Mandatory vaccination

An individual receiving vaccine
An individual receiving vaccine (Photo credit: National Cancer Institute)

Prime Minister Andrew Holness expects that by November Jamaica will reach its target of one million vaccinated Jamaicans. During recent tours of the island, Holness referred to mandatory vaccination and soon enough it will be inevitable. Before doing so, Holness wants to make sure that people are fully informed, not leaving out the fact that abiding by the restrictions and being vaccinated will enable freedom and face-to-face learning.

The argument for whether or not vaccination should be mandatory is a legal issue. It is understood that traditional vaccines prevent us from catching certain viruses while the COVID-19 vaccine prevents us from becoming critically ill if we do contract the virus after taking the vaccine.

Dr Delroy Beckford, attorney-at-law, said, ”‘there is not a blueprint for the court to say whether mandatory vaccination is for or against an individual’s rights.” In this case both the state and the private parties have an equal chance of winning if taken to court.

“There are legal issues involved in the COVID-19 vaccine becoming mandatory”, said Beckford, “we are dealing with rights that involve freedom of thoughts and conscience and religious objections”. Beckford states that the state has a right to put measures in place to deal with public emergencies, in this case, COVID-19. These measures have to be justified in a free and democratic society.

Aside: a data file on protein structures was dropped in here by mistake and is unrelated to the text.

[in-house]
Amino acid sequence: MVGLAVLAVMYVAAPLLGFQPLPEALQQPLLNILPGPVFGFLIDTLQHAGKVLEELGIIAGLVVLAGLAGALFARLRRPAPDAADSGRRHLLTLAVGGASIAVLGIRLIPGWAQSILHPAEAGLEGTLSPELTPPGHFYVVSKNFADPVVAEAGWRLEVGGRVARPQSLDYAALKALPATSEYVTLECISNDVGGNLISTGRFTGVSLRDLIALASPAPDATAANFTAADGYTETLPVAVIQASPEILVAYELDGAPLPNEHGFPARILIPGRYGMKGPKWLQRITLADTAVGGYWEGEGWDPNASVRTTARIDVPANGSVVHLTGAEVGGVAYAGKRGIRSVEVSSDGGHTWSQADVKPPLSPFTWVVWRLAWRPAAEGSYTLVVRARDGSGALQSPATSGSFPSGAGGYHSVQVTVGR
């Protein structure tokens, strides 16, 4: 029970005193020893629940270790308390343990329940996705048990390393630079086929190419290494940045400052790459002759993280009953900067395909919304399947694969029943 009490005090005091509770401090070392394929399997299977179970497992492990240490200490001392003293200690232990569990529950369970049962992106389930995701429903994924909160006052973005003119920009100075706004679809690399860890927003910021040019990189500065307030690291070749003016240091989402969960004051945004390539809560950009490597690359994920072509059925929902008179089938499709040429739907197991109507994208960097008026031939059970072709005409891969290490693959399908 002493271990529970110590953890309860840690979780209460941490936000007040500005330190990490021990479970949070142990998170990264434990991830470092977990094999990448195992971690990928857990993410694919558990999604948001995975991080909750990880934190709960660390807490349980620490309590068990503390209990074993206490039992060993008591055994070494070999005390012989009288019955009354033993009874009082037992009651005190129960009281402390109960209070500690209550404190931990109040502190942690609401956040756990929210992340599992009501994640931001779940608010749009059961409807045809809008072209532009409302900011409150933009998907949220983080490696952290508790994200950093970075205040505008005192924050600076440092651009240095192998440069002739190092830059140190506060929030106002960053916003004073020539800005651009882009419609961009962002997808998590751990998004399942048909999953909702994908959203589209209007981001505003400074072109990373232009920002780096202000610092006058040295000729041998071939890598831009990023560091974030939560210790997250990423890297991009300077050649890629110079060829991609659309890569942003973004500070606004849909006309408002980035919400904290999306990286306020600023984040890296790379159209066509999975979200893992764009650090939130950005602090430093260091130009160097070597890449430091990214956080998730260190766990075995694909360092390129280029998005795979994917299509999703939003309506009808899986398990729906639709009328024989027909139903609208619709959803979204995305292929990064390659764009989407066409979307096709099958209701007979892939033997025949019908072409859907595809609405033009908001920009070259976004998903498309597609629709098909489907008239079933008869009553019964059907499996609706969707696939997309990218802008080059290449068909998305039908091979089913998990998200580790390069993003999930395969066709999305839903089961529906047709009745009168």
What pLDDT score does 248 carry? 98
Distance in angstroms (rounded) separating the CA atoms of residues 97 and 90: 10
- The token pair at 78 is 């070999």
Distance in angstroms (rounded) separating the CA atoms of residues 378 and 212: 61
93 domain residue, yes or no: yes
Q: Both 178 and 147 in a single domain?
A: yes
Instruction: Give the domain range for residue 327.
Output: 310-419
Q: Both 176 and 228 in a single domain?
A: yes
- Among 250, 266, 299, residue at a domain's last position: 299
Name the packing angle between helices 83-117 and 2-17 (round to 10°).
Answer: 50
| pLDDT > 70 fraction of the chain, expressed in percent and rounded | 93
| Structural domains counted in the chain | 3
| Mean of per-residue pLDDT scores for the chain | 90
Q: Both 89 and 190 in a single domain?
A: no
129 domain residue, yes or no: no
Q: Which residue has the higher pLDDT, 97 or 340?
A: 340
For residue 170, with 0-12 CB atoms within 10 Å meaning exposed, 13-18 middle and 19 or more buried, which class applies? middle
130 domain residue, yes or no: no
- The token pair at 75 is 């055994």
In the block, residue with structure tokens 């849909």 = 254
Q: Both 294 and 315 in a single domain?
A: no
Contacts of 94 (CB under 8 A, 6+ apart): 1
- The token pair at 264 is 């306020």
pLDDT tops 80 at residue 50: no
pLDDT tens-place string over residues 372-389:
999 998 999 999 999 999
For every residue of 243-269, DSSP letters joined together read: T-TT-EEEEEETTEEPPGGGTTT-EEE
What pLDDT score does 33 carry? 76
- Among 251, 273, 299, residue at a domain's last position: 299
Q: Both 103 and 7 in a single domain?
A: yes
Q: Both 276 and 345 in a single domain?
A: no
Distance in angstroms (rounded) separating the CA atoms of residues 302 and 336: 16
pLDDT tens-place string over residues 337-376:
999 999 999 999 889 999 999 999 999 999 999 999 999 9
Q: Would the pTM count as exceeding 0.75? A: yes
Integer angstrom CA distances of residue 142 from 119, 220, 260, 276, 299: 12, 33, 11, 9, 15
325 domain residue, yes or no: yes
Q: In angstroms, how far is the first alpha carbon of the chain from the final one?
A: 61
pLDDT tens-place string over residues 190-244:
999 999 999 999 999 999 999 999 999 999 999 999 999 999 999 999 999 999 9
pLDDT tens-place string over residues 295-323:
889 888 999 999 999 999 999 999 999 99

In the case of National Commercial Bank (NCB) requiring their employees to be vaccinated, the workers can challenge the decision of the employers in a constitutional court, as private parties are now subject to a constitutional claim. The state used to be subjected to constitutional claim, but now private parties are allowed to argue before the court that the measures in place are in breach of their constitutional rights.

An NCB employee told the Jamaica Monitor that they had planned to take the vaccine on the weekend. The employee was planning to take it sooner now that the company has stipulated it, “I don’t want to be fired; it is hard to get a job in these times.”

Beckford said if a company required workers to be vaccinated or face dismissal, it could amount to unfair dismissal and the labour laws can come into play. However, it is not a surety that the private party will win as this issue is new to Jamaica and there are no cases in court relating to this matter. Beckford said the matter is still a debate.

Primrose Thomas, who is self-employed, thinks the government should not make the COVID-19 vaccination mandatory. Thomas says she needs more time to make a decision, “I need more details about this vaccine, I feel like the government is hiding something”. Thomas says she will only take it if she is left with no choice.

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